by clicking the arrows at the side of the page, or by using the toolbar.
by clicking anywhere on the page.
by dragging the page around when zoomed in.
by clicking anywhere on the page when zoomed in.
web sites or send emails by clicking on hyperlinks.
Email this page to a friend
Search this issue
Index - jump to page or section
Archive - view past issues
Inside Teaching : April 2010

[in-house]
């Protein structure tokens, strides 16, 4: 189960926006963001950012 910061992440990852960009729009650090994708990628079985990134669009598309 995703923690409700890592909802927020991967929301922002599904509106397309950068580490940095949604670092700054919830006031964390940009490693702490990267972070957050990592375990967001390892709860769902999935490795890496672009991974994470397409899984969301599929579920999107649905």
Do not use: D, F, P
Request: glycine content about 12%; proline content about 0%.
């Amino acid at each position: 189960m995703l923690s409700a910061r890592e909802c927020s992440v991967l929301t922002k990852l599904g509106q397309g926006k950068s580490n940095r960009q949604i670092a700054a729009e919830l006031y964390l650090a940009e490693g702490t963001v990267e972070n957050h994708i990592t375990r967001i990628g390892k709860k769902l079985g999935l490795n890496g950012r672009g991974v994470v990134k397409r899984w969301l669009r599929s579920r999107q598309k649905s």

IN BRIEF www.atra.edu.au | firstname.lastname@example.org NEWS 41 My school Australian Curriculum, Assessment and Reporting Authority (ACARA) chief executive Peter Hill is seeking legal advice on potential copyright infringements by third parties using data from ACARA’s My School website. ACARA asked Stephen James to withdraw a report on ‘8,000 Australian schools ranked from top to bottom’ from his Australia School Ranking website, claiming it breached copyright. ACARA’s database copyright claim may, however, have been dealt a blow by the judgement in February by Federal Court Judge Michelle Gordon in Telstra Corporation Limited v Phone Directories Company. Judge Gordon ruled that Telstra does not own copyright over the information in its Yellow Pages and White Pages phone directories because they depend on databases for which there is no clear authorship and no originality. Bullying... According to results from a Newspoll survey conducted for the Alannah and Madeline Foundation, 74 per cent of people were bullied when they were at school; almost one in four have been bullied in the workplace; and 20 per cent of respondents aged between 18 and 24 years have been cyberbullied. In other results from the survey of 1,200 respondents aged 18 years or older, 92 per cent of Australians identify bullying as a serious issue, with 87 per cent saying bullying needs to be better addressed. . . . and more on bullying Justice Tony Cavanough in the Victorian Supreme Court ruled in March that a case involving a student who was bullied by four other children aged younger than 10 years should be reheard. The student had lodged a civil claim for compensation in the Victorian Victims of Crime Assistance Tribunal. Her claim had been rejected on the basis that, under Victorian criminal law, children under the age of 10 years are presumed to be too young to commit a criminal offence and are incapable of criminal intent. The law requires proof beyond reasonable doubt that they understand that their actions were wrong. Justice Cavanough ruled that in this case, since the student had been frequently punched, kicked, pinched, and threatened with scissors and a broken bottle, it was clear that the incidents had not occurred accidently and that the main bully fully intended, by her threats, to put her victim in fear of her life. Good sports Queensland’s 167 former State of Origin stars are helping Indigenous students in six Queensland state high schools to improve their results off the football field. The Achieving Results Through Indigenous Education program, funded by the Commonwealth Department of Education, Employment and Workplace Relations, aims to encourage the academic, cultural and sporting achievements of Indigenous secondary school students. • the connections and coherence of the development of concepts through the years, and • the identification of additional content in Year 10 and its impact on students’ access to learning options in the senior secondary years. Predictably, the history and English drafts are more contentious. According to Australian Association for the Teaching of English president Guy Bayly-Jones, ‘There is a lack of overall coherence, as the necessary interrelationships between the three discrete strands of language, literature and literacy are not highlighted. This turns English teaching into a reductive exercise of “join the content dot points.”’ On the positive side, he said English teachers are likely to see the achievement standards as clear and reasonable. History Teachers’ Association of Australia president Paul Kiem described the draft curriculum as ‘ambitious.’ ‘The fact that the...draft will be evaluated in the absence of clear information about implementation does raise quite serious concerns,’ he said in a prepared statement. ‘We will be evaluating the (Kindergarten to Year 10) document before we have seen proposals for Year 11-12 courses,’ he added. The draft curriculum for English, mathematics, history and science for the senior secondary years was scheduled for release this month, for three months of national consultation. LINKS: Visit the consultation portal that hosts the draft curriculum at www. australiancurriculum.edu.au